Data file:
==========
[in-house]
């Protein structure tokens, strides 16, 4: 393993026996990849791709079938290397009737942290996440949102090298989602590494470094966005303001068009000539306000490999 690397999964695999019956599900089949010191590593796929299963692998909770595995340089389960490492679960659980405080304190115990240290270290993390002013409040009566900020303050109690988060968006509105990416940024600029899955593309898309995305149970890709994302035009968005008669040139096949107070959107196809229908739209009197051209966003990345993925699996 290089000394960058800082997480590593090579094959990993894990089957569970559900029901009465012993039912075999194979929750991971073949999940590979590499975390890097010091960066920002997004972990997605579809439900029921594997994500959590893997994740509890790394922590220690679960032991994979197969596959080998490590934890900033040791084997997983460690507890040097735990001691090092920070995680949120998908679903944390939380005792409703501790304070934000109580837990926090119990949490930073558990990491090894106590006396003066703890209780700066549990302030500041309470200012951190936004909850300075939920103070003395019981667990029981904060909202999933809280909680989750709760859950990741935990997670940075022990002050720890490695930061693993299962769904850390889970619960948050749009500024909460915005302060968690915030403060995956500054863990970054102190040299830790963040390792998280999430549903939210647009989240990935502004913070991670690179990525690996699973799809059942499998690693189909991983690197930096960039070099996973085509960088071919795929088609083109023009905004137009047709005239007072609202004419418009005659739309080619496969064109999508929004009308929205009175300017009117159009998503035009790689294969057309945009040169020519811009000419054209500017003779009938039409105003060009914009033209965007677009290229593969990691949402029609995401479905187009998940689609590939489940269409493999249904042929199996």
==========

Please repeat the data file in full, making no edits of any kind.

[in-house]
């Protein structure tokens, strides 16, 4: 393993026996990849791709079938290397009737942290996440949102090298989602590494470094966005303001068009000539306000490999 690397999964695999019956599900089949010191590593796929299963692998909770595995340089389960490492679960659980405080304190115990240290270290993390002013409040009566900020303050109690988060968006509105990416940024600029899955593309898309995305149970890709994302035009968005008669040139096949107070959107196809229908739209009197051209966003990345993925699996 290089000394960058800082997480590593090579094959990993894990089957569970559900029901009465012993039912075999194979929750991971073949999940590979590499975390890097010091960066920002997004972990997605579809439900029921594997994500959590893997994740509890790394922590220690679960032991994979197969596959080998490590934890900033040791084997997983460690507890040097735990001691090092920070995680949120998908679903944390939380005792409703501790304070934000109580837990926090119990949490930073558990990491090894106590006396003066703890209780700066549990302030500041309470200012951190936004909850300075939920103070003395019981667990029981904060909202999933809280909680989750709760859950990741935990997670940075022990002050720890490695930061693993299962769904850390889970619960948050749009500024909460915005302060968690915030403060995956500054863990970054102190040299830790963040390792998280999430549903939210647009989240990935502004913070991670690179990525690996699973799809059942499998690693189909991983690197930096960039070099996973085509960088071919795929088609083109023009905004137009047709005239007072609202004419418009005659739309080619496969064109999508929004009308929205009175300017009117159009998503035009790689294969057309945009040169020519811009000419054209500017003779009938039409105003060009914009033209965007677009290229593969990691949402029609995401479905187009998940689609590939489940269409493999249904042929199996």